Three Dances

In the mornings, now, it's easier to make the bed. Having you gone, I only have to pull back my corners. And now, there's no one to laugh with me during Texas Chainsaw Massacre. I'm shopping for animals to replace you. There's less hair on the soap.

Drinking, strangely, improves my balance. My leg on the balance barre. Stretch. Stretch. I run through the positions. Demi-plie. Grand-plie. My muscle tone is superb. I reward myself with a valium and a smoke. I stretch, their full-length, every single muscle in my lower leg.

I still love your beard and when I imagine your top button undone, the campfire smell of your neck.

Last night I dreamt that you brought me a book, handed it to me with your palm over its heart and said, "This is the definition of Honesty." Inside the book was Chinese script, then prose translation. But only for one verse. It said: Above all else, you must be able to feel. What does that mean?

A grand jete. Almost twist my ankle.

You talk, talk to my face but let your eyes slide all over the kitchen. You won't find it and it just makes me want to punch your face in. Slide your fingers along the door, poke your head in. I haven't bought any new magazines. No, I haven't worked out. Why front? Sure, you can use the toilet, but won't find it in there either. Not in the drawer where you kept your panties and lost, well, too many things. Not around the computer, not under the bed. The cats did not eat it. No, you don't have to sit down, bullshit with me about how much you care about how I'm doing; you can skirt all you want. It's pretty fucking obvious. Sit, please. Try your hand down the side of the cushions. The car, the glove compartment, the change tray. Look anywhere you want. I'm fine, yes. Am I seeing somebody? No. But I am fucking somebody and isn't that what you were really asking? The girl in the cafeteria with the knit hat. It's too bad, though, 'cause I'd keep the ring if I really did have it. I bought it, didn't I? I'll see you next week, hon.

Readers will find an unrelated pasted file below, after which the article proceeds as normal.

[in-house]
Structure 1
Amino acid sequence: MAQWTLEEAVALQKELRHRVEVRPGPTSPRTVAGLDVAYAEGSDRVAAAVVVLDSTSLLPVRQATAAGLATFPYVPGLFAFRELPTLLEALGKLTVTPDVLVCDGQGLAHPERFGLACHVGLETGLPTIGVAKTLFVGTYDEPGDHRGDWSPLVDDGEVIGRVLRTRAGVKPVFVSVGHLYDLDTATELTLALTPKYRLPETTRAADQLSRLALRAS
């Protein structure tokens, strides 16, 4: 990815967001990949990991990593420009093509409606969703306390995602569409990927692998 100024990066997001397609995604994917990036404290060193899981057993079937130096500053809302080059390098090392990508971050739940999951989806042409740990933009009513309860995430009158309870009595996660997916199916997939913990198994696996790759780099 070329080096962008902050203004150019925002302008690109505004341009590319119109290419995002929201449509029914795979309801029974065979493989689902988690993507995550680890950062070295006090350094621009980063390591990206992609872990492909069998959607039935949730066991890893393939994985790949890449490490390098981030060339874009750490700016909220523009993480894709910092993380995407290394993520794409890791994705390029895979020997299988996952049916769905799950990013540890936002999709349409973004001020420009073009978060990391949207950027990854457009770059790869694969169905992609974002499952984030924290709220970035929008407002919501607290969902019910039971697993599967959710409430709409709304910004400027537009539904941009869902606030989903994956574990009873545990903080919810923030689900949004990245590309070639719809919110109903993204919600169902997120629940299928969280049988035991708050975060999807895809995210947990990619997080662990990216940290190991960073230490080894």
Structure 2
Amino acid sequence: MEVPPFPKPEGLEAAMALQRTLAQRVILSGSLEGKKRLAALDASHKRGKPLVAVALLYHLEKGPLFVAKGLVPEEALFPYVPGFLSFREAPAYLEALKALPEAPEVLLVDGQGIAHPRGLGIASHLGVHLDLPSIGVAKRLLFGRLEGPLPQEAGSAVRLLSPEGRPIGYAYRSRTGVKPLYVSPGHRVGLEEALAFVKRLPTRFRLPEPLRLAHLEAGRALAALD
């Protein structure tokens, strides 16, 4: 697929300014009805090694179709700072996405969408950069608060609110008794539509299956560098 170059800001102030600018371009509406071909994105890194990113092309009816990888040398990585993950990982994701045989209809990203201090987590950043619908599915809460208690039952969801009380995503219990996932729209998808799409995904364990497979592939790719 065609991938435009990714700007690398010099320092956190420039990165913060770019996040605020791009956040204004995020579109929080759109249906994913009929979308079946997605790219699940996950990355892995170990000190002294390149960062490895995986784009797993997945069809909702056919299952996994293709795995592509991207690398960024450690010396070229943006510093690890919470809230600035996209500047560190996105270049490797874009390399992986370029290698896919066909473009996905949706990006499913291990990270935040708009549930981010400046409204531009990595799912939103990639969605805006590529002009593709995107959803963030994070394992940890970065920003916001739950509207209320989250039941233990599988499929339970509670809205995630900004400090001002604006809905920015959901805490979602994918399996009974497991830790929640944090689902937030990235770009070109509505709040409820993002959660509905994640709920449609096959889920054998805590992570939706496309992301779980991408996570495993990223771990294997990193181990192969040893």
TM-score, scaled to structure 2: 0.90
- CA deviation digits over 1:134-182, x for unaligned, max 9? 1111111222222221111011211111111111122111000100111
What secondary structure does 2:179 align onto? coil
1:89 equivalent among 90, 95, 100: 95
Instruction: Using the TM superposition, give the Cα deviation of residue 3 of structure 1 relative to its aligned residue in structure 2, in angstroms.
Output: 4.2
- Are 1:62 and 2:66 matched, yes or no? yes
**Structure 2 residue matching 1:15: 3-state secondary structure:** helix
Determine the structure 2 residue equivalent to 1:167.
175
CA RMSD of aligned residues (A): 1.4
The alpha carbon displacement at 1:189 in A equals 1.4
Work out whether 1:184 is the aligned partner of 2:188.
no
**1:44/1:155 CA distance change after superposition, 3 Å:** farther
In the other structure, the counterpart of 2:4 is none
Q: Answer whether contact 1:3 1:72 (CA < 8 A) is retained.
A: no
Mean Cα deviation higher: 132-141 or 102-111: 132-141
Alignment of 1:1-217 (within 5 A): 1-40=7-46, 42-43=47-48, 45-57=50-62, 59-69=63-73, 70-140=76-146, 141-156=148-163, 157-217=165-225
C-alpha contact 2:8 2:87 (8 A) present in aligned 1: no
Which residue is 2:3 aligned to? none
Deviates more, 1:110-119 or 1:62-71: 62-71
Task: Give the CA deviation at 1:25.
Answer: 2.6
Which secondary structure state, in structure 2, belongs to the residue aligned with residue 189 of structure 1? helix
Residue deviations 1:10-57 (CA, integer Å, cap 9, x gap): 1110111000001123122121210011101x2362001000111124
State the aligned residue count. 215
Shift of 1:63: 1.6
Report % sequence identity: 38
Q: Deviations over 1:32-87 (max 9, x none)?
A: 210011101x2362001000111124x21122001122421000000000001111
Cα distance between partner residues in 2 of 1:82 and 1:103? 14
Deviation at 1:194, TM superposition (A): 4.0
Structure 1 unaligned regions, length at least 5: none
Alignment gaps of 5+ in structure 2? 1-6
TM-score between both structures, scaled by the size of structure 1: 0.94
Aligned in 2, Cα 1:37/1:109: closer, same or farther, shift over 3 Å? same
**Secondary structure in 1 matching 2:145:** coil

Don't do that. Don't stretch out on the bed like that. When you do that, when your hair flares out and your sweater rides up enough that I can see a side of your stomach--- Don't blink. And certainly don't smile. I don't want you to. I really don't want to pull your shoes off and kiss your ankles. I do anyway while you unbuckle that studded belt of yours, jerk it out of the loops and unbutton your pants' top snap. Pete, the cat, suddenly jumps on the bed, dives for the knob of the window blinds and we scramble. Somehow you've managed to twist on top of me in the confusion. You put your index and second fingers in my mouth and you close your eyes. Pete bats wildly at the knob before falling out of the windowsill to the between of the bed and wall. You lie beside me, push one arm under my neck, the other under my shirt, your palm over my belly button.

In the kitchen, holding you, box-stepping, I pull you back before you lead us into the refrigerator but we hit the cabinet. Several glasses fall.

About the author:

Jared Hegwood finished his doctorate at the University of Southern Mississippi's Center for Writers and now teaches at Augusta State University. His work has garnered two Pushcart nominations, and can be seen or is forthcoming from Night Train, elimae, Keyhole, Juked, The Yalobusha Review, The Adirondack Review and several others.